Entries in Food Safety (3)


Food Safety Passes House, Heading to White House

Photo Courtesy -- Getty Images(WASHINGTON) – After miraculously coming back to life in the Senate, the House of Representatives has passed the Food Safety Bill for the third time this Congress.

The bill would give the federal government far-reaching authority to set and enforce standards for farmers and food producers.

After the legislation was passed in the House over a year ago, and was stalled for months in the Senate, the House again passed the measure a few weeks ago to include a long-term continuing resolution.

The Senate never brought that version to the floor, instead passing a stand-alone food-safety measure three weeks ago. Concern arose in the House, however, that the Senate's version violated a constitutional provision that requires new taxes to originate in the House.

Recent Senate and House action has resolved disputes over the bill, which will now head to the White House where President Obama has signaled he will sign the legislation into law. 

Copyright 2010 ABC News Radio


Food Safety Bill Passes Senate in Unexpected Last-Minute Move

Photo Courtesy - Getty Images(WASHINGTON) -- In an unexpected move, the Senate Sunday passed a sweeping food safety bill by unanimous consent, sending the bill back for a vote in the House before it can move on to President Obama’s desk.

The surprising development is only the latest bizarre twist for the measure.  Just a few days ago the food safety bill was seen as dead on Capitol Hill, but the Senate modified it to resolve a revenue technicality and managed to pass it.  The modification means it has to return to the House.  The revenue issue is key in the long bizarre story of the bill.

In July 2009, the House first passed the bill, aiming to prevent massive outbreaks of tainted food by giving the Food and Drug Administration the authority to order mandatory recalls and require more frequent inspections of high-risk food processing plants.  But the bill then languished in the Senate for 15 months in the face of opposition from Republicans who objected to it adding around $1.5 billion to the deficit.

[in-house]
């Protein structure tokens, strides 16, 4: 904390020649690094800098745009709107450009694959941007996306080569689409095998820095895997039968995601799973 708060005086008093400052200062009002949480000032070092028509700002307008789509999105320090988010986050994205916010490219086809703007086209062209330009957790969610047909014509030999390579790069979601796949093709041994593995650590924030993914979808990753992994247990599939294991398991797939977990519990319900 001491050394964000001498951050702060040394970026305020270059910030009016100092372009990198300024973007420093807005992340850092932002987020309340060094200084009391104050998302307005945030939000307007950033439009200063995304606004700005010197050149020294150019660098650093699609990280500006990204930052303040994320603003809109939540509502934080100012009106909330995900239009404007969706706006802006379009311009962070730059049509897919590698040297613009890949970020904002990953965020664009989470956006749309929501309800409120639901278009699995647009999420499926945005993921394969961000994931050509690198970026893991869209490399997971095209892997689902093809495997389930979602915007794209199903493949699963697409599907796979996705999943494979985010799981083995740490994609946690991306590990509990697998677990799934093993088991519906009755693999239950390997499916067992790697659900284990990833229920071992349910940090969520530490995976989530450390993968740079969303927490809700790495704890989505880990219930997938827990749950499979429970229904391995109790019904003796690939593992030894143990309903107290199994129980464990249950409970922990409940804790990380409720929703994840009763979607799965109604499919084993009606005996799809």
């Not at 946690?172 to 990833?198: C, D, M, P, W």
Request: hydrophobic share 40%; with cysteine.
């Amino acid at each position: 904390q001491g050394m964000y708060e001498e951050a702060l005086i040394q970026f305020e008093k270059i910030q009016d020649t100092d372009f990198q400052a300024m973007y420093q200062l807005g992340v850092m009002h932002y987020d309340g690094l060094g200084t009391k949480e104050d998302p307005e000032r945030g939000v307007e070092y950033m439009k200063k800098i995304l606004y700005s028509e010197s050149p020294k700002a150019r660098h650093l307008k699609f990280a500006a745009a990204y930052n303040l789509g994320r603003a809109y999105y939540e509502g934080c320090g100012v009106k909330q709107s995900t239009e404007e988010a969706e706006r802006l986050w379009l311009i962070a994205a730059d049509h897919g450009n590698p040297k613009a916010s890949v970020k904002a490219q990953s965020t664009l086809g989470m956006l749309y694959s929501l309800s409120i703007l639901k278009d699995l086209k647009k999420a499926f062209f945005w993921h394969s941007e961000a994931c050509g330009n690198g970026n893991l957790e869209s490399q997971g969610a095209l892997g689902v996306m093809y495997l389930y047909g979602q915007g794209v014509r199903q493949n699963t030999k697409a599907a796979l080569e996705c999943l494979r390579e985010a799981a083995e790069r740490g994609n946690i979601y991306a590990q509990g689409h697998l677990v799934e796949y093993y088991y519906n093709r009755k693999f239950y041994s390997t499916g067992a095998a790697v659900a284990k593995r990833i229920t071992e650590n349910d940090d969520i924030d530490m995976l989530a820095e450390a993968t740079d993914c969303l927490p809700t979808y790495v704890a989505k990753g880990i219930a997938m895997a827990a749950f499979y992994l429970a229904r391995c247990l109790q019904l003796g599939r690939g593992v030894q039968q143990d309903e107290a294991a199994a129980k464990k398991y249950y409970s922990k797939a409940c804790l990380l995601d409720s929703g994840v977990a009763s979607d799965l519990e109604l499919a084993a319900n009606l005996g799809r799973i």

Sen. Tom Coburn of Oklahoma argued that the bill needed to be fully paid for and do a better job of addressing regulatory failures.  However, in November, the Senate finally passed the food safety bill.

Except for one problem.  A tax provision included in the Senate bill violated the revenue rule, so instead of being sent to President Obama’s desk, the bill remained stuck in Congress.

The Senate then put the food safety bill into the massive $1.1 trillion year-end omnibus bill, giving supporters of the measure renewed hope that it might still get passed after all.  But no.

Last Thursday, Senate Majority Leader Harry Reid, in the face of widespread GOP opposition, decided to scrap the omnibus bill in favor of a short-term continuing resolution to fund the government into early 2011.  At that point the food safety bill was considered dead.  Until Sunday’s surprising development in the Senate, that is.

Copyright 2010 ABC News Radio


Senate Still Stuck in Food Safety Stalemate

Photo Courtesy - Getty Images(WASHINGTON) -- For 15 months now, a bill to boost the nation’s food safety has been languishing in the U.S. Senate.  The bill would help prevent massive outbreaks of tainted food by giving the Food & Drug Administration the authority to order mandatory recalls and require more frequent inspections of high-risk food processing plants.  But some, like Oklahoma Sen. Tom Coburn, continue to block its passage.

At a hearing on the egg recall on Capitol Hill Wednesday, Senate Majority Leader Harry Reid urged lawmakers to advance the bill with a defined amendment process, saying, “There’s no excuse to wait any longer.  Let’s move this common-sense bill and pass it.”  To do so, Reid needed every lawmaker to agree to his request, including Coburn. But to no one’s surprise, Coburn objected.

“We now have a bill that’s going to cost the American public $1.5 billion over the next five years and it doesn’t fix the real problem – and the real problem is the lack of focus of the agencies to do their job,” Coburn said.

Coburn told Reid he would only agree to move forward with the bill if the $1.5 billion cost was eliminated by offsets written into the bill itself, rather than subjected to specific votes during the amendment process. Coburn also wanted to remove an amendment that would ban the chemical bisphenol A from children’s food and drink containers. Reid said he’d think about it.

Copyright 2010 ABC News Radio

ABC News Radio